At the time, she said she didn’t think much of it, though she noticed the leaves of the plant broke onto her skin when she stumbled.

The Essex resident said she already knew about wild parsnip and its dangers, but she hadn’t seen any of the tell-tale yellow flowers that look like Queen Anne’s Lace.

Wild parsnip. —Leslie J. Mehrhoff, University of Connecticut,

“My boss even that day was like, ‘Do you know what it looks like? Just be careful,’” she recounted. “And I was like, ‘Yeah, I know what it looks like.’ My mom had informed me about it. But I didn’t know what the leaves looked like, and the leaves can start before the bloom.”

She continued to go about her day, spending it outside in the sun installing the sculpture in Bennington. She didn’t get a chance to shower until the end of the day.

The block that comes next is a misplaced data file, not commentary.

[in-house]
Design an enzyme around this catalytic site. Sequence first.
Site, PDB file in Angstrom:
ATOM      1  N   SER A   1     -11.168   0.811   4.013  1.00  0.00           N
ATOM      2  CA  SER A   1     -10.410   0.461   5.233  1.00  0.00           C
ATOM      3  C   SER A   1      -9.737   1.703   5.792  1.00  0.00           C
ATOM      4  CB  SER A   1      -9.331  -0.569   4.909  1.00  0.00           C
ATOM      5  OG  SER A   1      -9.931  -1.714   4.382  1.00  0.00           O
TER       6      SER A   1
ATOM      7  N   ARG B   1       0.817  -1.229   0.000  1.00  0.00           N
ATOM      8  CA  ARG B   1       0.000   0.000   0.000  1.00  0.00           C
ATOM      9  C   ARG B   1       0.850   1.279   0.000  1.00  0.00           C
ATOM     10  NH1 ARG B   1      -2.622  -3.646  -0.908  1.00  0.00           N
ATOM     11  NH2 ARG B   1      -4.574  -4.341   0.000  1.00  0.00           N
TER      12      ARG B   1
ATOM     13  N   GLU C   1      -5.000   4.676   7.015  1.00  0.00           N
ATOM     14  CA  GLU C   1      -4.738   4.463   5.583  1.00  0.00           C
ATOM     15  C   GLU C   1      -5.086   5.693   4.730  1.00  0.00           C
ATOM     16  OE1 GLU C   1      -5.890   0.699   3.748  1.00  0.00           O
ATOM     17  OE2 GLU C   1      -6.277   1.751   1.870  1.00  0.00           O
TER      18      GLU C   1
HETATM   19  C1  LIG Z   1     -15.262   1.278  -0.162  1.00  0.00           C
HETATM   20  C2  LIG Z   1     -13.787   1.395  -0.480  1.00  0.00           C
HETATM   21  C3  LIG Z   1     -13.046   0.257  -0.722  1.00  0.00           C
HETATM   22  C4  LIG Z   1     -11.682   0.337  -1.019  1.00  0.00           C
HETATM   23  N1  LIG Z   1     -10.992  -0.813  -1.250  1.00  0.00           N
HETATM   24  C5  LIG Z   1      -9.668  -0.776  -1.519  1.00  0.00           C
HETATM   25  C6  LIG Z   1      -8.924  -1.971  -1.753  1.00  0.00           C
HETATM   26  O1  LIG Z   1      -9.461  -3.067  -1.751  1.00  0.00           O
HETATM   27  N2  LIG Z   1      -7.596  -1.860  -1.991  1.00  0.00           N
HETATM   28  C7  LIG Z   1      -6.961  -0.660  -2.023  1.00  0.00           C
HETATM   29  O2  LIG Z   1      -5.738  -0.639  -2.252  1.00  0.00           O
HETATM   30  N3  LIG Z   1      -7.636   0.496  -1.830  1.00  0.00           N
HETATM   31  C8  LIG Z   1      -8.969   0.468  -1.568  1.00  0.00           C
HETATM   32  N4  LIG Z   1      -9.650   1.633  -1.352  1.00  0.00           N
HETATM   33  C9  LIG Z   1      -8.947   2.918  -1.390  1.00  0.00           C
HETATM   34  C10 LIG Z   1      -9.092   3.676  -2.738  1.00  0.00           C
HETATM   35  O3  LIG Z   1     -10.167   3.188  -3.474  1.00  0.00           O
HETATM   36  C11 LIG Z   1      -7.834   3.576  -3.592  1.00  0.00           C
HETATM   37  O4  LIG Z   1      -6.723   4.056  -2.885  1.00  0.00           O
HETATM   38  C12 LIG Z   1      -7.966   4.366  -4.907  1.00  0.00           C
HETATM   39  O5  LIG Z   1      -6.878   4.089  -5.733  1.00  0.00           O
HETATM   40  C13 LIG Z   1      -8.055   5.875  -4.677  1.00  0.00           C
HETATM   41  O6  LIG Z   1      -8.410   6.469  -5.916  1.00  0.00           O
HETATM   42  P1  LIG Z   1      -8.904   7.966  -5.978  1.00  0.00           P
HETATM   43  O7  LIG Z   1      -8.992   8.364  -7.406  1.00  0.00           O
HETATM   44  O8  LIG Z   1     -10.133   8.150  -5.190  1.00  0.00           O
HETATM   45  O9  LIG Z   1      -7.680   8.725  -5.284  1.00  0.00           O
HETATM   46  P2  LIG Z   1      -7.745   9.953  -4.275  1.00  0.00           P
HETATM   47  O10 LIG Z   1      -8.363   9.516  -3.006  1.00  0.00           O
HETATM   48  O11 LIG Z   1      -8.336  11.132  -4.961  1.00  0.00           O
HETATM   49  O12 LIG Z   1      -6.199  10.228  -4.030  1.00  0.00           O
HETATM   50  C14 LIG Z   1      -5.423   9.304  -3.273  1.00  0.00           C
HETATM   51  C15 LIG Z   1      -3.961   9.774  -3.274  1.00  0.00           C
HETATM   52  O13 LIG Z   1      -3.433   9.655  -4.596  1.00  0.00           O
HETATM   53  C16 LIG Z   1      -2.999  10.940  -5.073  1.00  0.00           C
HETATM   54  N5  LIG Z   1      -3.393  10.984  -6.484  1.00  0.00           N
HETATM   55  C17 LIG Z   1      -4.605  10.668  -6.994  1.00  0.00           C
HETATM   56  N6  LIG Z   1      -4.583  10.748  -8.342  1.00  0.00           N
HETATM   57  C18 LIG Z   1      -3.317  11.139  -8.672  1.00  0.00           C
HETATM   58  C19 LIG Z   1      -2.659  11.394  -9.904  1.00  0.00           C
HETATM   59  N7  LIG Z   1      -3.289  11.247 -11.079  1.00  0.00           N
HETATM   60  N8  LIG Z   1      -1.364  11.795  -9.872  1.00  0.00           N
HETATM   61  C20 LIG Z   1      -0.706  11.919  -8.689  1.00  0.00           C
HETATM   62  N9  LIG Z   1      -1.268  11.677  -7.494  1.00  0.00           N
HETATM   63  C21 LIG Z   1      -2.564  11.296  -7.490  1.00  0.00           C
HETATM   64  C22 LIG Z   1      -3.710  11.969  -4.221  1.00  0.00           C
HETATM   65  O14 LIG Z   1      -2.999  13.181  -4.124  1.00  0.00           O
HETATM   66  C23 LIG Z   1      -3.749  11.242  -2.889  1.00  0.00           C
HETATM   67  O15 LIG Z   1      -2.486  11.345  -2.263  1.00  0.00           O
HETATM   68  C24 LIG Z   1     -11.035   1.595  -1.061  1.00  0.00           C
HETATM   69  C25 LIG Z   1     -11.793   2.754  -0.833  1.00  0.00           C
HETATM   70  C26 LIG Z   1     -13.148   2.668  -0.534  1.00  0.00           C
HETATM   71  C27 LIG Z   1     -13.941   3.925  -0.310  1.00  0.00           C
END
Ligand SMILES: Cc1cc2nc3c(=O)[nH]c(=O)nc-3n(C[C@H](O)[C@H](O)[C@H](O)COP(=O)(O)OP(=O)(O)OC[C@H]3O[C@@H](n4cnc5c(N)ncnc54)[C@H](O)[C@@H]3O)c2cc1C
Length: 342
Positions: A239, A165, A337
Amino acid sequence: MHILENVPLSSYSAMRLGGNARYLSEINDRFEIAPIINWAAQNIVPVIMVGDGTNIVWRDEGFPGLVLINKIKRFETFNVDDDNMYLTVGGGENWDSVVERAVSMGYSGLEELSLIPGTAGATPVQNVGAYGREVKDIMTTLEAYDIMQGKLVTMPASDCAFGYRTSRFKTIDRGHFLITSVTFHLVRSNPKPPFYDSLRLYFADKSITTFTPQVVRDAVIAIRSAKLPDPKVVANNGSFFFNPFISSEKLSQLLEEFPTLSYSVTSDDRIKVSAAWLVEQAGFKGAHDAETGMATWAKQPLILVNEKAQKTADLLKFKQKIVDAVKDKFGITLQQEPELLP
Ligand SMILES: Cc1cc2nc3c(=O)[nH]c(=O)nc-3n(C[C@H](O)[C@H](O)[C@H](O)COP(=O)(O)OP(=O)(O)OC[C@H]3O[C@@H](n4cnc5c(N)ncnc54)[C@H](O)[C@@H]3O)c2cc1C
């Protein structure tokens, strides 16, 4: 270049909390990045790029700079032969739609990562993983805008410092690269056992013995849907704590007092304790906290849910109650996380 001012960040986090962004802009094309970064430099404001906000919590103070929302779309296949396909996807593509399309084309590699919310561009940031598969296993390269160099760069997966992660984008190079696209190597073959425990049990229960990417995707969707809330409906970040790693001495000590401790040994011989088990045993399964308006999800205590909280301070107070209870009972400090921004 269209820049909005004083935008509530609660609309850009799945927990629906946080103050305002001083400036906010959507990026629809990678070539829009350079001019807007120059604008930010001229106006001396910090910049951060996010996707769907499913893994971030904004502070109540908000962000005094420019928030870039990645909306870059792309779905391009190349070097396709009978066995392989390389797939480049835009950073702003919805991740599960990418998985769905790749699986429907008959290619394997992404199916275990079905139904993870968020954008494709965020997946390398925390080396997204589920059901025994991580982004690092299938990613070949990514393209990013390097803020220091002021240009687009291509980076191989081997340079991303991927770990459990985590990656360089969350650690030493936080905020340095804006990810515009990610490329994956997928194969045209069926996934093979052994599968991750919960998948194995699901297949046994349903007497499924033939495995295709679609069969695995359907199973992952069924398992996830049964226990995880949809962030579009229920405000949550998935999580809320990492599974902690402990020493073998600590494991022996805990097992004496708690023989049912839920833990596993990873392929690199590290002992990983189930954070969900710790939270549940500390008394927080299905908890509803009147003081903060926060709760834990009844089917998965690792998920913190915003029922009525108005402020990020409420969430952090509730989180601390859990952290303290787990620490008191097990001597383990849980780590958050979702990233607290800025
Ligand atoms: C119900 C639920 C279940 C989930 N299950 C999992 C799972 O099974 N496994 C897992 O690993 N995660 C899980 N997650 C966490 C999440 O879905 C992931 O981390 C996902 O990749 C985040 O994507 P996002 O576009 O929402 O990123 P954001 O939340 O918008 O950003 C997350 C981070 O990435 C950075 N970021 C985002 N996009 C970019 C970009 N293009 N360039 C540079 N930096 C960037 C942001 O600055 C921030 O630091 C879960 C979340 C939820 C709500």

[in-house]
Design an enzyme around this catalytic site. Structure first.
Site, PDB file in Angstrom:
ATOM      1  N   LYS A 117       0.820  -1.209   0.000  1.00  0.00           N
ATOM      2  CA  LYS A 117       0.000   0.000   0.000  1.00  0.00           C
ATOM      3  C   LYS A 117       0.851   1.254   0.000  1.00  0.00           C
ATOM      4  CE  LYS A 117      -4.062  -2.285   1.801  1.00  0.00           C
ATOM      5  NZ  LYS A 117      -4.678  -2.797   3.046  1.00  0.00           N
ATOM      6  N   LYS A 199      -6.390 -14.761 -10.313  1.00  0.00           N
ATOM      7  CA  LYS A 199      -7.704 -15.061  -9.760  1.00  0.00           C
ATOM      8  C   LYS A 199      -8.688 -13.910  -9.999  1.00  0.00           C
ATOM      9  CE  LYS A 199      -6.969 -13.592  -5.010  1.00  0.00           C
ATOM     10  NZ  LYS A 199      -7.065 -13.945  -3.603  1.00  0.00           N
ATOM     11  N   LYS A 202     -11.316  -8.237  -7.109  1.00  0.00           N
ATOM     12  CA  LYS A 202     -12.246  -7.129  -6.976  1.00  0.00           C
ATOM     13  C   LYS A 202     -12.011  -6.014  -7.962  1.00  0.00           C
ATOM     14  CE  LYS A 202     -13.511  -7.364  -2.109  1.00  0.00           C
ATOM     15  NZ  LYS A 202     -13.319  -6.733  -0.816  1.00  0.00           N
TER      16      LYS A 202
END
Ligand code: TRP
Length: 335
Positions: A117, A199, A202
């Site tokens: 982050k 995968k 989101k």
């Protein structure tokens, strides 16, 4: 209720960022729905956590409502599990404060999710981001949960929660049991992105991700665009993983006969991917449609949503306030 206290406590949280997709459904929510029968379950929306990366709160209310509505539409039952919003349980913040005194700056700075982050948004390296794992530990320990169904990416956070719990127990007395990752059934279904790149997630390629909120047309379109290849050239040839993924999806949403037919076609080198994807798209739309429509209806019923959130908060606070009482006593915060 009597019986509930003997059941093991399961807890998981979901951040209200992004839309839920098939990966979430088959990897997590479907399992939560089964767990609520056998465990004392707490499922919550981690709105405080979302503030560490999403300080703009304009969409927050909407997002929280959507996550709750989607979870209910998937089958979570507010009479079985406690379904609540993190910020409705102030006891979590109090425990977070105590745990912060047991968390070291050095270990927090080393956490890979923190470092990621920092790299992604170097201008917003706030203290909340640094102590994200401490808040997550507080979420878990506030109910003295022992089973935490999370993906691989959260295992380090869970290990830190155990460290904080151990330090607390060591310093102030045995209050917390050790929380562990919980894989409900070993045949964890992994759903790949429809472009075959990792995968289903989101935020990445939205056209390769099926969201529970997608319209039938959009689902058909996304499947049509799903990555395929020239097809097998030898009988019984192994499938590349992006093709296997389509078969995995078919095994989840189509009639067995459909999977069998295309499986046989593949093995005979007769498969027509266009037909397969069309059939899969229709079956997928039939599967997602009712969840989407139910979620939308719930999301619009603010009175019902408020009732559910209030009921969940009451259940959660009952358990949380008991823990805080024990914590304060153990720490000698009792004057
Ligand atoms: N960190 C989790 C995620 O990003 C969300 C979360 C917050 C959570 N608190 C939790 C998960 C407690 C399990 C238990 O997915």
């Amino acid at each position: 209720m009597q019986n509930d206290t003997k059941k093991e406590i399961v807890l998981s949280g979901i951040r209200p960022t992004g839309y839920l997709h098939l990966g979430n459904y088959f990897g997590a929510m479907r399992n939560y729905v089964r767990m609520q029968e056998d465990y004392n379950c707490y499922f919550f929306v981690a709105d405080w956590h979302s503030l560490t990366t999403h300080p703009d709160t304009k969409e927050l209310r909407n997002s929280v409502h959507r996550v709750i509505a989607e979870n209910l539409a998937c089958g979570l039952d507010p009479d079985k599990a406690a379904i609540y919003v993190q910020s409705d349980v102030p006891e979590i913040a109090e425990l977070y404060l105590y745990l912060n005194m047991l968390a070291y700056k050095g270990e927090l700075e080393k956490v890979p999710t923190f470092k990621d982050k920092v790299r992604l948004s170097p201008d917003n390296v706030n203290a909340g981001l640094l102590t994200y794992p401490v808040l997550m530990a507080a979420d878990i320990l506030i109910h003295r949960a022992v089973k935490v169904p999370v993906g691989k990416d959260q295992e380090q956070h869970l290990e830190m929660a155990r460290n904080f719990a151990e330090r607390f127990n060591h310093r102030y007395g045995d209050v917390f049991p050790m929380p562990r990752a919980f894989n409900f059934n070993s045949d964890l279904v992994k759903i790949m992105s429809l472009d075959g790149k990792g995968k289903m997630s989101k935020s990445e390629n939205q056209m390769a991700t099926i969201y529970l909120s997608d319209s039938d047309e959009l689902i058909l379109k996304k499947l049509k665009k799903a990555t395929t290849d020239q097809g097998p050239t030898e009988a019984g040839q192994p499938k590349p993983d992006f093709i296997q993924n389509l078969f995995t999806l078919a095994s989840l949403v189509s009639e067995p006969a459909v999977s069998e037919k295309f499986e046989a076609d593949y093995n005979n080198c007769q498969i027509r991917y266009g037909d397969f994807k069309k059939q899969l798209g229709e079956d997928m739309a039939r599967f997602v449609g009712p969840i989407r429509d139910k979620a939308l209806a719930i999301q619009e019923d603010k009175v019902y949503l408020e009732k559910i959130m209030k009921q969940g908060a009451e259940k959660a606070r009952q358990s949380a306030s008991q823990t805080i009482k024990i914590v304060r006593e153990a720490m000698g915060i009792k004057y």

Murphy said she didn’t start noticing a reaction on her leg until July 4, when tiny bumps or blisters that looked like the start of poison ivy showed up.

They didn’t bother her — they weren’t itchy and they didn’t hurt. It occurred to her that she must have come into contact with something, but, since she works outside so often, she didn’t connect the bumps to the leaves that broke when she fell days earlier.

“I was like, ‘Oh, maybe I hit something, but it will probably go away,’” Murphy said. “So I didn’t do anything about it [and] kept working out in the sun that whole week.”

Charlotte Murphy’s leg the day before the blisters developed. —Courtesy of Charlotte Murphy